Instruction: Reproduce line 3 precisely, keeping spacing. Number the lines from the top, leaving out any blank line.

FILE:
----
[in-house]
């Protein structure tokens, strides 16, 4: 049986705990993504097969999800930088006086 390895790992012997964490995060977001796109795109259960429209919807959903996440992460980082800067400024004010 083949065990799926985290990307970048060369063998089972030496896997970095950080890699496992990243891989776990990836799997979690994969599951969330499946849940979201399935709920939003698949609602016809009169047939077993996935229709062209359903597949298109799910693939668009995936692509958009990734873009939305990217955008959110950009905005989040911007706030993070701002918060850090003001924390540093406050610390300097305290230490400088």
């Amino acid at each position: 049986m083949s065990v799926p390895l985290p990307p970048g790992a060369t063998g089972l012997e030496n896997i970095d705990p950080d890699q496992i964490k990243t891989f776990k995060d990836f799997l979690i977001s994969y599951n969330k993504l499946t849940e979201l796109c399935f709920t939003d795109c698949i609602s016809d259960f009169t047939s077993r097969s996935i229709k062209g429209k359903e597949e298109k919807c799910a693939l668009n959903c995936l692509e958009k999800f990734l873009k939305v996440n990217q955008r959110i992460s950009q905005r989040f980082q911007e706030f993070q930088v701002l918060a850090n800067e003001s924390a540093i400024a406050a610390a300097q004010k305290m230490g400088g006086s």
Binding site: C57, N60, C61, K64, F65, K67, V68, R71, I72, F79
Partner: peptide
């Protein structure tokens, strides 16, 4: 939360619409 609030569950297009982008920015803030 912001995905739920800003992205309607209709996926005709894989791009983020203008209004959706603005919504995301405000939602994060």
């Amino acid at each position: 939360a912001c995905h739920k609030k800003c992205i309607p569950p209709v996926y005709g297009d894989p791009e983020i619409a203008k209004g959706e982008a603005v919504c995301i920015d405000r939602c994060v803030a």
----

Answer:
């Amino acid at each position: 049986m083949s065990v799926p390895l985290p990307p970048g790992a060369t063998g089972l012997e030496n896997i970095d705990p950080d890699q496992i964490k990243t891989f776990k995060d990836f799997l979690i977001s994969y599951n969330k993504l499946t849940e979201l796109c399935f709920t939003d795109c698949i609602s016809d259960f009169t047939s077993r097969s996935i229709k062209g429209k359903e597949e298109k919807c799910a693939l668009n959903c995936l692509e958009k999800f990734l873009k939305v996440n990217q955008r959110i992460s950009q905005r989040f980082q911007e706030f993070q930088v701002l918060a850090n800067e003001s924390a540093i400024a406050a610390a300097q004010k305290m230490g400088g006086s």